Together we make a profound difference

BEST PRACTICE: Supporting public education

HOW-TO: Boost local schools

Spin your wheels for public schools

Educating members about the Homes application process

Masonic training and education in ‘09

Question of the month

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BEST PRACTICE: Supporting public education

Past Master Joe Coppinger has been a driving force behind Moreno Valley Lodge’s middle school speech contest since it was first conceived 26 years ago. He reports on how the contest is organized and the long-term benefits to students. Here’s a summary:

Background: In 1982, the lodge decided it was time to reach out to the community and break down myths about Masonry. We wanted to start with children. Many of us had children in public schools at the time and were proud of Masonry’s role in establishing the system. At the same time, we wanted to entice young people to join Masonic youth orders. Since the youth orders often started out with memory work, we decided to hold a speech contest.

Contest guidelines

  • Requirements: Middle school students give three to five minute speeches on a prepared theme. Judges evaluate text, delivery, and overall effort/effectiveness.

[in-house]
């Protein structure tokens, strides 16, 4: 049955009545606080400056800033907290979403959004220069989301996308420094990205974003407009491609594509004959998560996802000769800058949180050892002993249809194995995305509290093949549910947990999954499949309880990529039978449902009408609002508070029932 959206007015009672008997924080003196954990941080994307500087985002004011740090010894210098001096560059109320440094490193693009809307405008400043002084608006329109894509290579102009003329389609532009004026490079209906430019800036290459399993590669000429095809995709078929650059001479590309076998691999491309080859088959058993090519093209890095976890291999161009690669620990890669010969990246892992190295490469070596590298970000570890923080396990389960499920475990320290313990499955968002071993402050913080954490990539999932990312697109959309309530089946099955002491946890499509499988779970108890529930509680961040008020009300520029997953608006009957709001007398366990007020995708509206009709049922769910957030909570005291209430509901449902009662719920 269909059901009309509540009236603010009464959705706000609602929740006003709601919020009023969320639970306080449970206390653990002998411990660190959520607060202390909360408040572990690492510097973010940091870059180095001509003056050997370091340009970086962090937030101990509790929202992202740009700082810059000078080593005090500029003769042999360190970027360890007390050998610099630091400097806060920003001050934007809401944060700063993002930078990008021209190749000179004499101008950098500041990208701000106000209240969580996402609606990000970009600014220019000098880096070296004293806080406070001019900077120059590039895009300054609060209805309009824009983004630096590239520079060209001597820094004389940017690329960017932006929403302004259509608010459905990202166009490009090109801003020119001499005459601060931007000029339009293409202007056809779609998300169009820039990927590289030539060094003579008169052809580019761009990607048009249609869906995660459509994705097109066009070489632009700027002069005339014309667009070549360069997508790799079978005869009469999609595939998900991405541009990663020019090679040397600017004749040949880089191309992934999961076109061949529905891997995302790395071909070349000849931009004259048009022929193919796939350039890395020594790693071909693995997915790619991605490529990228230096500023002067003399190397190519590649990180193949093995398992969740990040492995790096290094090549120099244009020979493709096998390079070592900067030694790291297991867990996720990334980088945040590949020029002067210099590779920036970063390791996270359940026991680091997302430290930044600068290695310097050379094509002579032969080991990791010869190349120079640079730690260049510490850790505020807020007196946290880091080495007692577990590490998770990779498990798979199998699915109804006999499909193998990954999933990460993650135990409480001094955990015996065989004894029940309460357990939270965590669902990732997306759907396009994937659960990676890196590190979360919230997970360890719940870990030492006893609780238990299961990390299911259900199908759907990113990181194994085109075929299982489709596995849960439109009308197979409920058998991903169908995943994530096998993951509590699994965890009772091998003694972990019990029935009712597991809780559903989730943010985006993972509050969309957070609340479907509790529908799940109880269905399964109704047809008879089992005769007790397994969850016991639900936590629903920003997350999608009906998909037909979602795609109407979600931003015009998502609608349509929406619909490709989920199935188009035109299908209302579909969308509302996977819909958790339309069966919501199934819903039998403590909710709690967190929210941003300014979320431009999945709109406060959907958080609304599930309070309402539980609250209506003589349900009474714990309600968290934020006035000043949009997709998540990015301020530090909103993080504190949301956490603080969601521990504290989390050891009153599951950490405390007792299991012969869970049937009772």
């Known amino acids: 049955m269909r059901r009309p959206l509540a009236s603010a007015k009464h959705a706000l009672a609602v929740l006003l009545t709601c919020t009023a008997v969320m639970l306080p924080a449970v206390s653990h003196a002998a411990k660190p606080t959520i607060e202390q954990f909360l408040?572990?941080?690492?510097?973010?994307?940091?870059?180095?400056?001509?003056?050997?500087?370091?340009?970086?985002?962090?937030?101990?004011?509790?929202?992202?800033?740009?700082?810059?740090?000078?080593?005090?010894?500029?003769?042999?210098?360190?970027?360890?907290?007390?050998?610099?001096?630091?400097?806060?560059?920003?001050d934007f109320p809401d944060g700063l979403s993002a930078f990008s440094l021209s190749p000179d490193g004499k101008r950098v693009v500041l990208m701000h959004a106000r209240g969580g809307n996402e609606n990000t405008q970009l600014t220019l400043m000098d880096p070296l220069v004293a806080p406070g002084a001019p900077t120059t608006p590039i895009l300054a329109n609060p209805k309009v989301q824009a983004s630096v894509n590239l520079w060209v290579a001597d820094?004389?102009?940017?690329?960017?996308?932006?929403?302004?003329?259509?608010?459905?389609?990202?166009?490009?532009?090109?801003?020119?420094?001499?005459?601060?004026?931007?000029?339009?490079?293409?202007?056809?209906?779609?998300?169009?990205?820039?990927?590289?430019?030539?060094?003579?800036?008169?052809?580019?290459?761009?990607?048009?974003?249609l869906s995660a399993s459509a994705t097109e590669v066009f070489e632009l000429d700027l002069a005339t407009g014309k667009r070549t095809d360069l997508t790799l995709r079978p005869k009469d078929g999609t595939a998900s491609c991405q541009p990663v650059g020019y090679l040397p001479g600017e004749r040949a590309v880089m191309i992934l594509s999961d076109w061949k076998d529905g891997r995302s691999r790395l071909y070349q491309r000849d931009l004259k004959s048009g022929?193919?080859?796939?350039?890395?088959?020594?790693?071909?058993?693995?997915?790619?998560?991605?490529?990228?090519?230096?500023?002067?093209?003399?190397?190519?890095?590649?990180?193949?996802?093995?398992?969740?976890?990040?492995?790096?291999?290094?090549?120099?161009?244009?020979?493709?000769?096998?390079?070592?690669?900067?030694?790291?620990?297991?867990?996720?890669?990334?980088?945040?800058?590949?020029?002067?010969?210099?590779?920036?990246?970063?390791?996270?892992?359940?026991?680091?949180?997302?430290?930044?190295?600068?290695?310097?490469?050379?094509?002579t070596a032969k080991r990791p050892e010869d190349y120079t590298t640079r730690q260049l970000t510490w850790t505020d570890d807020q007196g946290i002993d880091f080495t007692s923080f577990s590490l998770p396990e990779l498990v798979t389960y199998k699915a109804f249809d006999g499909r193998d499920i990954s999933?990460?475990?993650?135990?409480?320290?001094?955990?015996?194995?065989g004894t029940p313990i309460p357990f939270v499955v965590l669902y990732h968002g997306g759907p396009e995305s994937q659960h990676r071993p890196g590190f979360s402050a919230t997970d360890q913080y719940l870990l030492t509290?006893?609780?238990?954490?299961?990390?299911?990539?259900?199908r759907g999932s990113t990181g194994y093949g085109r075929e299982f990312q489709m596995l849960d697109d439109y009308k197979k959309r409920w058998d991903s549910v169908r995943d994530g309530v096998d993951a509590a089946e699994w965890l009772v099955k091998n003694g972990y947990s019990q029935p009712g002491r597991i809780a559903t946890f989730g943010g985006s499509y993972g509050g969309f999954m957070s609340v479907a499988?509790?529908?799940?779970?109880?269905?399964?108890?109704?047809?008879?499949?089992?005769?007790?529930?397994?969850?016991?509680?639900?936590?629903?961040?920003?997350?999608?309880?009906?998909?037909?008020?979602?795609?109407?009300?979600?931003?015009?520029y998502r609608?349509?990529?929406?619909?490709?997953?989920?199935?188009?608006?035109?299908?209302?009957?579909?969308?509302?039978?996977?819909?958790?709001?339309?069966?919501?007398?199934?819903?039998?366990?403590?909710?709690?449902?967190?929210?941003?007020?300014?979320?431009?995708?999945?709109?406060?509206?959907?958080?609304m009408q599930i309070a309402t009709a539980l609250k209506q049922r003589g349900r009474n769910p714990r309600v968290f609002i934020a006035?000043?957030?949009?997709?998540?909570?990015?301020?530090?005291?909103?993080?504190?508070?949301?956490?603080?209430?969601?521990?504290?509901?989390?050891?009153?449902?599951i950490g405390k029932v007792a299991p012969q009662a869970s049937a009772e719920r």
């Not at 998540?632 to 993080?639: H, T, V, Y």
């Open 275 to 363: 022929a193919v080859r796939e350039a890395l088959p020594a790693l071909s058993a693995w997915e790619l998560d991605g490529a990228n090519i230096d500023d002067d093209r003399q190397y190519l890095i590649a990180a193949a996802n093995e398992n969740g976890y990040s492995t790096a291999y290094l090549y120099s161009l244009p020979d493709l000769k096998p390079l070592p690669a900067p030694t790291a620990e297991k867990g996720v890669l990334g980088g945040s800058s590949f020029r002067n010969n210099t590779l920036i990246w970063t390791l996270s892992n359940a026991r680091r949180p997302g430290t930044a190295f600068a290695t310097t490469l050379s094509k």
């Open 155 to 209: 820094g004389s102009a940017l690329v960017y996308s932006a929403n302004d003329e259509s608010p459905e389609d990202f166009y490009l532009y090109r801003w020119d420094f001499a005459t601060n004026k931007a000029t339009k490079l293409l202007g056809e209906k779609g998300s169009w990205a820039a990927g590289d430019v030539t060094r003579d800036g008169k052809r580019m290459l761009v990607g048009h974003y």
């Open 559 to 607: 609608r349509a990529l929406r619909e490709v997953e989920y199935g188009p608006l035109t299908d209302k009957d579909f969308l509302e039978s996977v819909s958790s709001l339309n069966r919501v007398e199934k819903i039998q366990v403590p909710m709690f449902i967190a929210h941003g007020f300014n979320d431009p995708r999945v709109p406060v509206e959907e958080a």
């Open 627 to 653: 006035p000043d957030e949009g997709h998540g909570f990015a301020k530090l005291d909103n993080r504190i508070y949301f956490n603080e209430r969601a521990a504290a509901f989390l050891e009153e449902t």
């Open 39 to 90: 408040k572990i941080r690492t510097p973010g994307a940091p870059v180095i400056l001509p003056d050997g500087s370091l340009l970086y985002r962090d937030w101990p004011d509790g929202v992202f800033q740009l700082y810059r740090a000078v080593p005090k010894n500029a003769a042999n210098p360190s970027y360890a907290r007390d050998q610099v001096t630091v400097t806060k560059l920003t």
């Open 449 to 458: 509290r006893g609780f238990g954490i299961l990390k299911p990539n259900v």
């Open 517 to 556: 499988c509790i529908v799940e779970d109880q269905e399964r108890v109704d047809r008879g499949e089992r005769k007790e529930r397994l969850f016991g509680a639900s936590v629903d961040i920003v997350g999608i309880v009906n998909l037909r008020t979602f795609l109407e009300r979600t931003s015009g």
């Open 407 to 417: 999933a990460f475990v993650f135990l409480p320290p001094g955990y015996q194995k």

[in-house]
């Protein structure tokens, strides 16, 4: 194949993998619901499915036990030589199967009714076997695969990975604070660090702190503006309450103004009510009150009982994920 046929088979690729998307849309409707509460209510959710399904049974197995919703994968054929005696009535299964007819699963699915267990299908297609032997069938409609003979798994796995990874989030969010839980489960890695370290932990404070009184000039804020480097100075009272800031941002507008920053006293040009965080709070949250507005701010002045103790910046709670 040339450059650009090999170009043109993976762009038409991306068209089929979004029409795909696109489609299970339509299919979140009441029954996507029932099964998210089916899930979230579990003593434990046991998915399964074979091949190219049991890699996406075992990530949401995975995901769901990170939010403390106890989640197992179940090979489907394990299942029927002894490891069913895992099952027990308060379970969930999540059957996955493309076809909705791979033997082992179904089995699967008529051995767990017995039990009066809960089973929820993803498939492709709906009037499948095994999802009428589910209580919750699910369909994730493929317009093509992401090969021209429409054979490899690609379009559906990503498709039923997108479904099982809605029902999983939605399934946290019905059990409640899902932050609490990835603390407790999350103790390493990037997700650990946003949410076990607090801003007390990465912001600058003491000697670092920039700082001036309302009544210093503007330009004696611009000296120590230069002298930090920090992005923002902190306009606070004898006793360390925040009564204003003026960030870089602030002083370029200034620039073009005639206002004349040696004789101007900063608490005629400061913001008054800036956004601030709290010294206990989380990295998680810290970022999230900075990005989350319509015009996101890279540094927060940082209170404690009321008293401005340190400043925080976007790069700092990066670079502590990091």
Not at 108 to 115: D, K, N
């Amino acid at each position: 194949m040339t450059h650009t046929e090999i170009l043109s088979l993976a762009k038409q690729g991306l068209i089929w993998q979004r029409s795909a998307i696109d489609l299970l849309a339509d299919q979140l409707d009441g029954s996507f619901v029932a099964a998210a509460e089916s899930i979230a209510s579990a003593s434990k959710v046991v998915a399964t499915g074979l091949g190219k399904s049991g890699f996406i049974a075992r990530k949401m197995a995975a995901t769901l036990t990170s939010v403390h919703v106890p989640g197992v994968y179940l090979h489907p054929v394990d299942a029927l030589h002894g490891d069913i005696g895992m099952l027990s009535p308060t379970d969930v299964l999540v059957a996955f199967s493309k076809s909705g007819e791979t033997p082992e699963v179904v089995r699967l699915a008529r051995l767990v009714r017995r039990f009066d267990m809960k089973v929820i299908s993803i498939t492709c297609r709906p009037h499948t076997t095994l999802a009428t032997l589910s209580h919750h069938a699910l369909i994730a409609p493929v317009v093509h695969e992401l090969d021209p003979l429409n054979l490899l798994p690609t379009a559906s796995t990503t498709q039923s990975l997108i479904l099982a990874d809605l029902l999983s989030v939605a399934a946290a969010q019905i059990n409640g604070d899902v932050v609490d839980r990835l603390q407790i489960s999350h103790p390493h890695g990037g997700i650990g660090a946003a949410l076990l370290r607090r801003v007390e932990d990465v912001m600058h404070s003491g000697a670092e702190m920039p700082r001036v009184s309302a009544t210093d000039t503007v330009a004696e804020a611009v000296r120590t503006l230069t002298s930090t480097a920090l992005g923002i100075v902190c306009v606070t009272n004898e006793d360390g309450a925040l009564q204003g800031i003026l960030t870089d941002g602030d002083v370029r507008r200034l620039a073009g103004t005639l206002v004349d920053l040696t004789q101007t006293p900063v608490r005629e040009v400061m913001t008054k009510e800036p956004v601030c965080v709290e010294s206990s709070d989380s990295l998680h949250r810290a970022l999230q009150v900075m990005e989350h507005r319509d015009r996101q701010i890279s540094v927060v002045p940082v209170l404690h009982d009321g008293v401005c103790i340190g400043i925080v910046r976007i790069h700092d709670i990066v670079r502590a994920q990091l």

• Theme: We ask the superintendent to select a new speech theme each year. Past themes include “What is patriotism,” “What does citizenship mean to me,” and “What free education means to me.”
  • Contestants: Students compete within their grade level – sixth, seventh, or eighth. There are several rounds of preliminary contests within the schools, concluding with district finals. There are usually about 18 finalists from the district’s seven middle schools.
  • Awards: All students that make it to the district finals receive special certificates. First-, second-, and third-place winners in each grade receive medallions along with $100, $75, or $50 U.S. Savings Bonds. First-place winners also receive dictionary and thesaurus sets and have their names engraved on traveling trophies, which are placed on display at their schools. We started the traveling trophy in the first year, and it’s very popular with the students – it really dangles an extra apple for them to reach for.